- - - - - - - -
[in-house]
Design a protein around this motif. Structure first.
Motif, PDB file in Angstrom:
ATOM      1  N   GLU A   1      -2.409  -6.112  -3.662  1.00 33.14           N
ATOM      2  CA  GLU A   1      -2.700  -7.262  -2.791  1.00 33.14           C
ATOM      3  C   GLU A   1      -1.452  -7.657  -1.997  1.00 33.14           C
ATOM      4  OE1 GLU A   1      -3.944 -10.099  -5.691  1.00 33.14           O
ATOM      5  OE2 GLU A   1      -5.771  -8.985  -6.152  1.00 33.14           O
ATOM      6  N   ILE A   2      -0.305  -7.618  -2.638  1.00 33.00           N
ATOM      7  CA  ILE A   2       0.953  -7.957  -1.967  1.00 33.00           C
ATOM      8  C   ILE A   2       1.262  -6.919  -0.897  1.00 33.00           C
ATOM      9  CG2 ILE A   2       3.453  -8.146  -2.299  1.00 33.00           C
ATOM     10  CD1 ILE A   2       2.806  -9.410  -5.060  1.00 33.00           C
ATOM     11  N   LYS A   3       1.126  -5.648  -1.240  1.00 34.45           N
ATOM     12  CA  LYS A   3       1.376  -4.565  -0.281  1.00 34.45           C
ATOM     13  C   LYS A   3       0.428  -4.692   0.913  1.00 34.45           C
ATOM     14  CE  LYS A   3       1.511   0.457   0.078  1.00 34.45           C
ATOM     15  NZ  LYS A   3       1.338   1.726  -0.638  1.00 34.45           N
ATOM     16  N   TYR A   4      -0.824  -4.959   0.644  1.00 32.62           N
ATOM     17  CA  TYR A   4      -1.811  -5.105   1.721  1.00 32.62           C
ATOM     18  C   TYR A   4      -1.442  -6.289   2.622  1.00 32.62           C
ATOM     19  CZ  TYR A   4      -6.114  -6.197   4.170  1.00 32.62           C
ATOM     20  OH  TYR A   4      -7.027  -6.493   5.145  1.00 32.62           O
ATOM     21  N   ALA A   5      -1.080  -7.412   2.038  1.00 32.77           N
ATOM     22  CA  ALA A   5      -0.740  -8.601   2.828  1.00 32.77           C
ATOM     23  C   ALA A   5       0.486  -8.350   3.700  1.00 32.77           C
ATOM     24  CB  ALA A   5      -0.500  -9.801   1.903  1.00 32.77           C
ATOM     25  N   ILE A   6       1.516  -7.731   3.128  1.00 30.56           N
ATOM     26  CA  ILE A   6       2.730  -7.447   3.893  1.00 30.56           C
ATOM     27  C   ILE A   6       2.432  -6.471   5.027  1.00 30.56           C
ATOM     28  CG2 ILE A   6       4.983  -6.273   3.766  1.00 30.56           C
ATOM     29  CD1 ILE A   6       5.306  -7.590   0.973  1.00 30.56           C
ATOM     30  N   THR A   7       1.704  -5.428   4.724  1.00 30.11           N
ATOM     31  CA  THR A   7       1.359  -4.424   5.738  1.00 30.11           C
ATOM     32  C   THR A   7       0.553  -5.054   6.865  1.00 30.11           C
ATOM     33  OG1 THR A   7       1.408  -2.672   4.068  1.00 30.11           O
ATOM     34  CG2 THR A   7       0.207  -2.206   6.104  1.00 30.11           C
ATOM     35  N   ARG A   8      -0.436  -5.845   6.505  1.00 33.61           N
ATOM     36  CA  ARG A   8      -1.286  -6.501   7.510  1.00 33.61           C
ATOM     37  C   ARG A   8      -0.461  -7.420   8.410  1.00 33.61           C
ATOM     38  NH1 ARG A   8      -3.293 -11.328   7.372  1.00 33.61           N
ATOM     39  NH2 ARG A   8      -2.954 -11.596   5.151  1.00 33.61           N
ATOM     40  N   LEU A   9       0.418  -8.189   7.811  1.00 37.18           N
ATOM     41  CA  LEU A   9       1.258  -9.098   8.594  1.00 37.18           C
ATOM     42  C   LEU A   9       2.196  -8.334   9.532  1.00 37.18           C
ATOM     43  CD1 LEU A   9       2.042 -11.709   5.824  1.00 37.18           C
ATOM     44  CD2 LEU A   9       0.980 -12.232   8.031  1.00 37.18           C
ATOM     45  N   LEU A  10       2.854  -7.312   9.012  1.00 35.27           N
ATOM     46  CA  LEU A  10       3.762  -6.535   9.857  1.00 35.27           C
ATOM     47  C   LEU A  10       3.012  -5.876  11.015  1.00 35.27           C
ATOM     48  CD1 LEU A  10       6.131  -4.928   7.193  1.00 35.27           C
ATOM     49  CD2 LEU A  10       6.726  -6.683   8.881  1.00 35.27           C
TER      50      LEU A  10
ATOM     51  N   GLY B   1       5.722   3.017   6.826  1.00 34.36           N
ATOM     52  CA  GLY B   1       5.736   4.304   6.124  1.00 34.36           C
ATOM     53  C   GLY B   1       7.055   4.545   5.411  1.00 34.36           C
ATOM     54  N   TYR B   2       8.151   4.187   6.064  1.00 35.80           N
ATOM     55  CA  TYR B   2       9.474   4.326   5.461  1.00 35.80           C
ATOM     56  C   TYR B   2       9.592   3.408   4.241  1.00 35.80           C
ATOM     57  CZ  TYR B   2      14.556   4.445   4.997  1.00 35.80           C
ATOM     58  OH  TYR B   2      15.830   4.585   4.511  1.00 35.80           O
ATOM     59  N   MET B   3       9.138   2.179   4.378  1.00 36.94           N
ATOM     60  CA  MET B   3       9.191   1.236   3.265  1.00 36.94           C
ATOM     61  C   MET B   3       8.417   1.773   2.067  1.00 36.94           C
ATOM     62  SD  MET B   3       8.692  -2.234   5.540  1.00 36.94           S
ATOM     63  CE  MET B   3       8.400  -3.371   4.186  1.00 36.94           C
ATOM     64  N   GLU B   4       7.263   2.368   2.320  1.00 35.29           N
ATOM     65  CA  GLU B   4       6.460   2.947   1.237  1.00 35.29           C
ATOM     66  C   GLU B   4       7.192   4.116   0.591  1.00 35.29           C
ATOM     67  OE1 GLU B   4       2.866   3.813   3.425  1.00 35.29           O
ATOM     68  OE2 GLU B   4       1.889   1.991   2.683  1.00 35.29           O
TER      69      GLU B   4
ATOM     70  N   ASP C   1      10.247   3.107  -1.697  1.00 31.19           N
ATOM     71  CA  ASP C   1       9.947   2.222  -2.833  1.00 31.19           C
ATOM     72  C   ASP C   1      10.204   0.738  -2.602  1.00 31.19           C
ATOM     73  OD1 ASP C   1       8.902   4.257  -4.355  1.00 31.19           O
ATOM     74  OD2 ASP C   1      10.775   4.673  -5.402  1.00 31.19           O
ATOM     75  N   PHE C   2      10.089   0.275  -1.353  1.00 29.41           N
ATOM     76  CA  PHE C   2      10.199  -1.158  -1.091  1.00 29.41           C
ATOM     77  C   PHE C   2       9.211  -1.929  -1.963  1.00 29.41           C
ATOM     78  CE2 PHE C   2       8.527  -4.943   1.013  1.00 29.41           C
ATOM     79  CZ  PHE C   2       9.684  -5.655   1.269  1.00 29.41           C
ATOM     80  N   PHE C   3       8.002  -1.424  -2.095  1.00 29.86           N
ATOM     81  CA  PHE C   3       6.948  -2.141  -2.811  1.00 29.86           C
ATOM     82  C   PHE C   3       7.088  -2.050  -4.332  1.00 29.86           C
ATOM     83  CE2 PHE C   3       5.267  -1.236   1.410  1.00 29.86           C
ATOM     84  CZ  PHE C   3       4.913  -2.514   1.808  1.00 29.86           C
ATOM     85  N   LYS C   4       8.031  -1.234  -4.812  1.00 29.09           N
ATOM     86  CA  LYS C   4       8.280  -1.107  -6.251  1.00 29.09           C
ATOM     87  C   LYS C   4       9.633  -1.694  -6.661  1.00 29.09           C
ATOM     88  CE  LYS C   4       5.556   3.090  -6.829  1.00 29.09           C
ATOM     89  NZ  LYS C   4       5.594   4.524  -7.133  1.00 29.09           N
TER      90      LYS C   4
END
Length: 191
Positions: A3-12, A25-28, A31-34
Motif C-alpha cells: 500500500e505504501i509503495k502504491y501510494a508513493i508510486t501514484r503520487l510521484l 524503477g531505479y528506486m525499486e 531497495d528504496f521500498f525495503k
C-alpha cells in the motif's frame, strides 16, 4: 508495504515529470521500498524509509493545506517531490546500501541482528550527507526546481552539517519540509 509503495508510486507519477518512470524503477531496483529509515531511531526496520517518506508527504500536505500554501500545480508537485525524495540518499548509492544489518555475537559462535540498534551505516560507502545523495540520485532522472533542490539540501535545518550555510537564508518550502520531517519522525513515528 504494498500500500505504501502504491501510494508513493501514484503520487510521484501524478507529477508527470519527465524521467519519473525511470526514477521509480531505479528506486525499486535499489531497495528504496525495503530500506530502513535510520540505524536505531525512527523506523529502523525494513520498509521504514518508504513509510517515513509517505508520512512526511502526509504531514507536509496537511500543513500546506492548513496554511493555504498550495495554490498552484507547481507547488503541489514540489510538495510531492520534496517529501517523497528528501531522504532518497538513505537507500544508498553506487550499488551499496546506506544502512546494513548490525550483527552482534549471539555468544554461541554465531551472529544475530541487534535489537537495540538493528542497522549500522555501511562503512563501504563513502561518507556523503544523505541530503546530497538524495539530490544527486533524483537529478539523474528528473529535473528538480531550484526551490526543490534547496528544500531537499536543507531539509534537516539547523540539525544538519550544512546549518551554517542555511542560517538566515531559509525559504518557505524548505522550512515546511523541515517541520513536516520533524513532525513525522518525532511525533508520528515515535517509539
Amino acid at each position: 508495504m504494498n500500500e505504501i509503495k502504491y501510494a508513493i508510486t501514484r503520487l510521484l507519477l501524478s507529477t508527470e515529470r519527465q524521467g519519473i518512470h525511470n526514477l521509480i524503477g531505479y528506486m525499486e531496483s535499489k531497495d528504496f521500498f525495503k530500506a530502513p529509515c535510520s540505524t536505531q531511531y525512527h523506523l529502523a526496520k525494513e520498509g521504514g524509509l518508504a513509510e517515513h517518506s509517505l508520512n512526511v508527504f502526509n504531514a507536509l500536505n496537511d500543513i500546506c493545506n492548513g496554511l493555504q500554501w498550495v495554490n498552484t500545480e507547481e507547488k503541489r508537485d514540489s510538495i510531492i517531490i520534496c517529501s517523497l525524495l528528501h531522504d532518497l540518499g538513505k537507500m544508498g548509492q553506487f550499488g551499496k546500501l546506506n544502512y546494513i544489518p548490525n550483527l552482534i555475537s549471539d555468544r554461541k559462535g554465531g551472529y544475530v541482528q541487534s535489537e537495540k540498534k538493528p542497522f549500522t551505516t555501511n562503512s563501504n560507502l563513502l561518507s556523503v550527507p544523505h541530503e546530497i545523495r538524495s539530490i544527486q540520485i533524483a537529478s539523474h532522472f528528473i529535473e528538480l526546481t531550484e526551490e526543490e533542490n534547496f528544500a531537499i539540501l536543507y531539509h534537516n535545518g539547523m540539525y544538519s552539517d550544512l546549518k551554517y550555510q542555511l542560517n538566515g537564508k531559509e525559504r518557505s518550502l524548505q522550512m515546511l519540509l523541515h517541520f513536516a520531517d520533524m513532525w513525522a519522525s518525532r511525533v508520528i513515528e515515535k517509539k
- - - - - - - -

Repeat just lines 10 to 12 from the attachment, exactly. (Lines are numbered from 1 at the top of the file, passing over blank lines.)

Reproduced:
ATOM      7  CA  ILE A   2       0.953  -7.957  -1.967  1.00 33.00           C
ATOM      8  C   ILE A   2       1.262  -6.919  -0.897  1.00 33.00           C
ATOM      9  CG2 ILE A   2       3.453  -8.146  -2.299  1.00 33.00           C